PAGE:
“I am a life long resident of Portsmouth and my heart will always belong to this city.”
As part of an ongoing Portsmouth City Council Candidate Q&A in my weekly PortsmouthLOVE Letter, I’ve reached out to all candidates in the 2015 City Council race with some questions. I’m including the answers of all who participated here on my website, in addition to featuring them in my weekly newsletter throughout the month of October, leading up to Election Day, November 3rd. For information on voting, visit the City of Portsmouth, NH’s website.
Jack Blalock, City Council Candidate
Neighborhood: Reside in Little Harbor neighborhood and business is downtown Portsmouth.
Occupation: Owner of Old Ferry Landing Restaurant with son Richard and daughter Jackie.
Education: College graduate with a BA in Political Science and History.
Relevant Experience: 2years as Assistant Mayor on City Council; 15 years on Zoning Board of Adjustment and 8 years as Chairman; currently on the PHA Development Board, Ltd..
How do you think our city currently measures on the issue of workforce housing availability?
Workforce housing and affordable housing continue to be part of the public discussion. I currently serve on the Portsmouth Housing Authority Development Board as a director and we are actively seeking solutions and new opportunities. Finding available and appropriate sites is our main agenda. The difficulty in the availability is based on the property values here in Portsmouth. Diverse housing that supports our economic growth and workforce is important to sustain the prosperity of the city. This will continue to be an issue the Council will need to be addressed in conjunction with other development opportunities.
How do you view the balance of arts & culture with business & economic growth in our city?
Portsmouth’s success and popularity is due to the unique mix between the arts and history with business and economic growth. We have a variety of robust cultural activities between the Music Hall, Prescott Arts Festival and Strawbery Banke. Several art galleries, museums and display of public artists promotes the arts through out our community. The integration of the performing arts supports the local economy and has helped create Portsmouth as a destination and envy of all New England.
What’s your favorite thing about the city of Portsmouth?
I love the energy of our downtown on any given day and I can frequently be seen walking or visiting the local coffee shop. Our streets are alive with people visiting, shopping, playing music and frequenting the downtown businesses for work or play. I have often said, “If you sit in Market Square long enough, you will see half the people you know—it’s very social.” I also love to walk the city, ride a bike and dine in the many quality restaurants we have.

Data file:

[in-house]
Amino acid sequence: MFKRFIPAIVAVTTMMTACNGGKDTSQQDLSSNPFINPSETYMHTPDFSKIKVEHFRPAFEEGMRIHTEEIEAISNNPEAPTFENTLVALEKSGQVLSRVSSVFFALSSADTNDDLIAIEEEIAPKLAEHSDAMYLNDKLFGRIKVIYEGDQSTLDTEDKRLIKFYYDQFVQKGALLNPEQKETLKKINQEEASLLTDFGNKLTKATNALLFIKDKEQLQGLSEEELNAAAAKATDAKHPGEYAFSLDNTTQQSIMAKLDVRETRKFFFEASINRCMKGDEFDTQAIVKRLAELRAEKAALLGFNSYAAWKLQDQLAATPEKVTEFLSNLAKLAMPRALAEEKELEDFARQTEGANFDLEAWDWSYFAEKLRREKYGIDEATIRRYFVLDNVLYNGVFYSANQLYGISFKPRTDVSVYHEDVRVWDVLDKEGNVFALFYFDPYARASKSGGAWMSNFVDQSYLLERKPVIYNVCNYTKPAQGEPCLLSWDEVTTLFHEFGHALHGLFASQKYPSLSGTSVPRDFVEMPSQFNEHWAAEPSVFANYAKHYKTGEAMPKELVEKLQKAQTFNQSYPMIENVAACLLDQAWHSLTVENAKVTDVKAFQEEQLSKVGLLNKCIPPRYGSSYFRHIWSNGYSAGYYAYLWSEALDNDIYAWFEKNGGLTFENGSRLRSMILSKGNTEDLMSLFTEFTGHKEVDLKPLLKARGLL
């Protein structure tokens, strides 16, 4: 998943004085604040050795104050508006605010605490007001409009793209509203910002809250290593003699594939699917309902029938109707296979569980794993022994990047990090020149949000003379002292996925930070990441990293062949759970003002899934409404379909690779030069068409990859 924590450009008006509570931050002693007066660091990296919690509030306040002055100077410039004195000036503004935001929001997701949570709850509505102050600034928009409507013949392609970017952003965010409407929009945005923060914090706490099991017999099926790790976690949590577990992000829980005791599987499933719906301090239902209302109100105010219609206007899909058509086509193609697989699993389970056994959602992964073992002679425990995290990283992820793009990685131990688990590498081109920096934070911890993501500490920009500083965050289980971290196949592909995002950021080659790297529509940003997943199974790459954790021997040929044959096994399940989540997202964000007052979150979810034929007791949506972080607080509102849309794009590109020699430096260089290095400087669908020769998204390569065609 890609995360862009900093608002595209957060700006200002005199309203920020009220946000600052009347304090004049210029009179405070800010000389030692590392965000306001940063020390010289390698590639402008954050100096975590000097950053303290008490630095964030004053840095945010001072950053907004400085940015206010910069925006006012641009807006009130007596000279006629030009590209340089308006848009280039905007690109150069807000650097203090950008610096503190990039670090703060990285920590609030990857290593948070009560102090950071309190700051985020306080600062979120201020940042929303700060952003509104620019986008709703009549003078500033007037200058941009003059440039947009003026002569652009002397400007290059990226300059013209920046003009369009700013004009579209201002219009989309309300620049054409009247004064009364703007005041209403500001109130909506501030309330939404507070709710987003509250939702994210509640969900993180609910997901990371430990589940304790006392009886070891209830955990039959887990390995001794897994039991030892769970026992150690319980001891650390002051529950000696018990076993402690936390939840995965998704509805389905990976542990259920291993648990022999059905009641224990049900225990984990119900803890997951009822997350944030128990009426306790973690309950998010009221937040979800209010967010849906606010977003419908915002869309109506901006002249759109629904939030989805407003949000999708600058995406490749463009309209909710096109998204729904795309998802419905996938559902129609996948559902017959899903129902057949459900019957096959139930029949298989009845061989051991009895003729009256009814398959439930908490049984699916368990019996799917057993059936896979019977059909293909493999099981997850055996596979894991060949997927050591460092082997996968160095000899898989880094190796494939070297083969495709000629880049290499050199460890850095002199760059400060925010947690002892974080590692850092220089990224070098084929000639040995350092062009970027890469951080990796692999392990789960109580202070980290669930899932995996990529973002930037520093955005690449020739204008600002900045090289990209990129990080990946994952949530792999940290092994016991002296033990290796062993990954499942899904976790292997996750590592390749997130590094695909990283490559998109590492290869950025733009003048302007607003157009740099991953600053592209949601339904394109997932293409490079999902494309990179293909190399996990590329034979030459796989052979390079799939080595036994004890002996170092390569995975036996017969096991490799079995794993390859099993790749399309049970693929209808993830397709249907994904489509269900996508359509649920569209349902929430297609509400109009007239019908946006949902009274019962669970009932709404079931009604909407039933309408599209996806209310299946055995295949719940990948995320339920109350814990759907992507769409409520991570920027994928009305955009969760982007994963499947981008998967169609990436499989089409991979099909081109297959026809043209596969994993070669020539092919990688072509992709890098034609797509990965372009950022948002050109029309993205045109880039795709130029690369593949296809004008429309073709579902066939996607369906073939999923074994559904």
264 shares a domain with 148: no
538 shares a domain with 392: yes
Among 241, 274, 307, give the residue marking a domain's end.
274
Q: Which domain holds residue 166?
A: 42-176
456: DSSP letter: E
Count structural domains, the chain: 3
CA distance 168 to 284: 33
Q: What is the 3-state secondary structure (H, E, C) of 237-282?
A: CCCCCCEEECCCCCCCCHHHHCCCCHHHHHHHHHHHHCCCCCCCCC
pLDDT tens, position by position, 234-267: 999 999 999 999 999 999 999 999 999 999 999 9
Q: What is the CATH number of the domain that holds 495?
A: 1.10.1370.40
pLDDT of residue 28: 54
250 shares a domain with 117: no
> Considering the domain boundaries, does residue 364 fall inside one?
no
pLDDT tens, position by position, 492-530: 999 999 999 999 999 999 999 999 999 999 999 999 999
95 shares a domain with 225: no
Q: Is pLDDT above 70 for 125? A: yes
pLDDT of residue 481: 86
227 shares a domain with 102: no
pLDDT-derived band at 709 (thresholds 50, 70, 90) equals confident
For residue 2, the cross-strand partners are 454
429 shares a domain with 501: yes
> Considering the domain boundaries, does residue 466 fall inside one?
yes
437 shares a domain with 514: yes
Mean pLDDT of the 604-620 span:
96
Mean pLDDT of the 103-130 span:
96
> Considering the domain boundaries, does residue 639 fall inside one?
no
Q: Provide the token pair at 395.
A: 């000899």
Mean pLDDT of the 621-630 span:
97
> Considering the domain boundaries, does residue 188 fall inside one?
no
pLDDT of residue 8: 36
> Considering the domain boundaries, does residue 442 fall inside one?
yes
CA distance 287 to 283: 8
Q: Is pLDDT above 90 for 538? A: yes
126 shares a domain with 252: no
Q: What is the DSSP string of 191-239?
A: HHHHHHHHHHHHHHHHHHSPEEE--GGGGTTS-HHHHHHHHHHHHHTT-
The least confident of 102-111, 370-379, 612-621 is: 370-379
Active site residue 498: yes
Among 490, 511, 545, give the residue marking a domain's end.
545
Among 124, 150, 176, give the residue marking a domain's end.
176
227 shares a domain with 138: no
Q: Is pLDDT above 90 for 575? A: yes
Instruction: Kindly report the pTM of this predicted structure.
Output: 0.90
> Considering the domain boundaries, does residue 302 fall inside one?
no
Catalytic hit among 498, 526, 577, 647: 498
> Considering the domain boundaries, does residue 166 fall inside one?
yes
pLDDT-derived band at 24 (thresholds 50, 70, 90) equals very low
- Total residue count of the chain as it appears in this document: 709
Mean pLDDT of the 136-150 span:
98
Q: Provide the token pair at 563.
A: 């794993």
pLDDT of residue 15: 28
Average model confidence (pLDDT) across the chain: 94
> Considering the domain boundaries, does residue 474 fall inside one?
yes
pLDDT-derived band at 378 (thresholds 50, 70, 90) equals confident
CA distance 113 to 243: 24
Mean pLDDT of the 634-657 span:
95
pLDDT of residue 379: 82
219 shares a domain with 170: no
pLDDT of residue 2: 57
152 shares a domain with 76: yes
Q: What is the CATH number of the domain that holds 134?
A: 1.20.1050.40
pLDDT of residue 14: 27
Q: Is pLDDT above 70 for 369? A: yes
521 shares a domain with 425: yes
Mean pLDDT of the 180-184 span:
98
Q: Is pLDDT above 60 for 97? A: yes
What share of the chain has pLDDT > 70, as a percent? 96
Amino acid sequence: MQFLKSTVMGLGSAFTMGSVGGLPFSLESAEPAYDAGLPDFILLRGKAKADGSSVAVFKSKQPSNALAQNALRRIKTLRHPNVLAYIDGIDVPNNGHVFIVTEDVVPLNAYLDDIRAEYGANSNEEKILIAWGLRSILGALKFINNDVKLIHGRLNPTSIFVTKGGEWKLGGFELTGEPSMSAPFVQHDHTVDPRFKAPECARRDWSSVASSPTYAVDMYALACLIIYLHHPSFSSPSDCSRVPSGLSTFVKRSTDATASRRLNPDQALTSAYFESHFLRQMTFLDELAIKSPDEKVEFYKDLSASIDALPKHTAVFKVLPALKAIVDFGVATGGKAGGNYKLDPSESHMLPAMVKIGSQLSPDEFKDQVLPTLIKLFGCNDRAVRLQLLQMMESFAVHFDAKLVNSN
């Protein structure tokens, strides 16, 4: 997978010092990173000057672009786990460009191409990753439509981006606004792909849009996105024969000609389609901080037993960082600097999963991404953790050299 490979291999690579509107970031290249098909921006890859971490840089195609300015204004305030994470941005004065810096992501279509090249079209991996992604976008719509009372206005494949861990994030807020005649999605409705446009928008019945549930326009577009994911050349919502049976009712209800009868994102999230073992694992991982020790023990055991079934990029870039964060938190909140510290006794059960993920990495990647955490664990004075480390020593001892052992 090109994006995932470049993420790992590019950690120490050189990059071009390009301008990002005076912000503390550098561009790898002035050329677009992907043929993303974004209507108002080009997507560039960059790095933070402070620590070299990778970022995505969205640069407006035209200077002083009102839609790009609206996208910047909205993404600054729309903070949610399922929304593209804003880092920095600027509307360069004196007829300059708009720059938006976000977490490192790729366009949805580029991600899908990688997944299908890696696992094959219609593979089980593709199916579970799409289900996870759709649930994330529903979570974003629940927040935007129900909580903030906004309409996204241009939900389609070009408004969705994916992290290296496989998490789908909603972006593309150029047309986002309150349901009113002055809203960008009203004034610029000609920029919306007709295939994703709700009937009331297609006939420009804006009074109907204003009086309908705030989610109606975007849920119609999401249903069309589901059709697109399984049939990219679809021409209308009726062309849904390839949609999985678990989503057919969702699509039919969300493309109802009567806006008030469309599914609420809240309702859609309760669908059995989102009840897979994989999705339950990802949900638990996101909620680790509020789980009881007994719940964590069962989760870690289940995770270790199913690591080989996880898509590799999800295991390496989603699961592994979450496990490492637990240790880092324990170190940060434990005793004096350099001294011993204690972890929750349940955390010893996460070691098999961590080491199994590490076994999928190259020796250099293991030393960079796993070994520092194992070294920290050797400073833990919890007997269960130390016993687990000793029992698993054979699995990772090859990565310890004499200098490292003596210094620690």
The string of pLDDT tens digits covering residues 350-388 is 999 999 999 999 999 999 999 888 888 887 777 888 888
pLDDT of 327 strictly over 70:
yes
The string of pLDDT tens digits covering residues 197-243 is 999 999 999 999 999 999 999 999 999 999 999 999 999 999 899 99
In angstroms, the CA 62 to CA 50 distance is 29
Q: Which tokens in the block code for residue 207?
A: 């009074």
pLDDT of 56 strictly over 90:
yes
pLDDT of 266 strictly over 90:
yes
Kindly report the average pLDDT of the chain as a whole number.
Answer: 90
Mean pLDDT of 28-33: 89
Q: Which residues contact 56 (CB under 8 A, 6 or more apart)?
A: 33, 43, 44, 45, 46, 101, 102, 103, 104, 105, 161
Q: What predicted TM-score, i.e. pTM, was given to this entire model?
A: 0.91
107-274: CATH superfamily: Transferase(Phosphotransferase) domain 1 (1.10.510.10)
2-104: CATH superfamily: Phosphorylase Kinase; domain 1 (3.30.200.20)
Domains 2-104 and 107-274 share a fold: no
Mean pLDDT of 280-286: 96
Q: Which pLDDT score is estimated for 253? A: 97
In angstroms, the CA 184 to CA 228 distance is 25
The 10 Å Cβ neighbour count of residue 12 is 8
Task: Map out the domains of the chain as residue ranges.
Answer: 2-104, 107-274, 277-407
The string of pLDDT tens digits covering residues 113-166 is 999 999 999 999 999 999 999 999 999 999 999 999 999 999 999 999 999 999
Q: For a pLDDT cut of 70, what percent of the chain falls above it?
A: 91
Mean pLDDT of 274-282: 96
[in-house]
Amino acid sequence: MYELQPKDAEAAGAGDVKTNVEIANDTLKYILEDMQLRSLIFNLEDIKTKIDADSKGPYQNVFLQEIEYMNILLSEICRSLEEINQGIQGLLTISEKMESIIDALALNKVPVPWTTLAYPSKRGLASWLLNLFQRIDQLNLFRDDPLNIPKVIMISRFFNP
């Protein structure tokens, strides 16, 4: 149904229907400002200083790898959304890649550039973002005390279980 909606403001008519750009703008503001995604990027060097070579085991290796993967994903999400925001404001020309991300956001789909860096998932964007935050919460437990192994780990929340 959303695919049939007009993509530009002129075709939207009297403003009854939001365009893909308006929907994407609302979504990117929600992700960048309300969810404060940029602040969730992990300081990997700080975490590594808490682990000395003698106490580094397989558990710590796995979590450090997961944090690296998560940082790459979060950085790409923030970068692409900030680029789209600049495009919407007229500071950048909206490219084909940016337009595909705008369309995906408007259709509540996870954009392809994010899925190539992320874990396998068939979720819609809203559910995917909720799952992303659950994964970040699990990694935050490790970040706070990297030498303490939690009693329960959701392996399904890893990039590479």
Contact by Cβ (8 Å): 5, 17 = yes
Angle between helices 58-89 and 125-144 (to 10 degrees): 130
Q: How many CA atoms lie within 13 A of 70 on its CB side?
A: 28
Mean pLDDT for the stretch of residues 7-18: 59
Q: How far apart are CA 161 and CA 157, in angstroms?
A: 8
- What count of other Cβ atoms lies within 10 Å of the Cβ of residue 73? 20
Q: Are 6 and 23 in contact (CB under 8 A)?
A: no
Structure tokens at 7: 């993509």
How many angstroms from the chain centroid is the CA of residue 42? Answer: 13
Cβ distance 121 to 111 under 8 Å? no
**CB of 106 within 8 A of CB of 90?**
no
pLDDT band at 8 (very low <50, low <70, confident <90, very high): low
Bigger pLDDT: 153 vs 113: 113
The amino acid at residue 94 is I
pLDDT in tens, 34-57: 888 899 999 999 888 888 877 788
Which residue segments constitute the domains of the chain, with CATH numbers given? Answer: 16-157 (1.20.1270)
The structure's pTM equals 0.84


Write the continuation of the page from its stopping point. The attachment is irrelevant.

Does the city motto “The City of the Open Door” resonate with you — and if so, how?
Portsmouth is such a welcoming city to visitors, new residents, developers and of course its long time citizens. It is a gateway to a very unique experience for many people. Our motto, “The City of the Open Door” perfectly describes our vision today and what it was back in 1623.
Is our city big enough, or does it have room to grow?
Portsmouth will always have room to grow. I think we have been creative in finding ways to create housing and development opportunities within our small borders. Our population (21,400) may not change much but our city operates like a city of 50,000 to 60,000 with our visitors, jobs and commerce that keeps our economy vibrant.
If you had your way, how would our city look in 10 years? In what ways would it differ from present-day Portsmouth?
In 10 years I hope the city continues to thrive but preserve its special charm and character. I would hope we will continue to make responsible decisions and do what’s right for Portsmouth and its residents. It is important that we also integrate the right amount of development with the arts, history and business. I am a life long resident of Portsmouth and my heart will always belong to this city.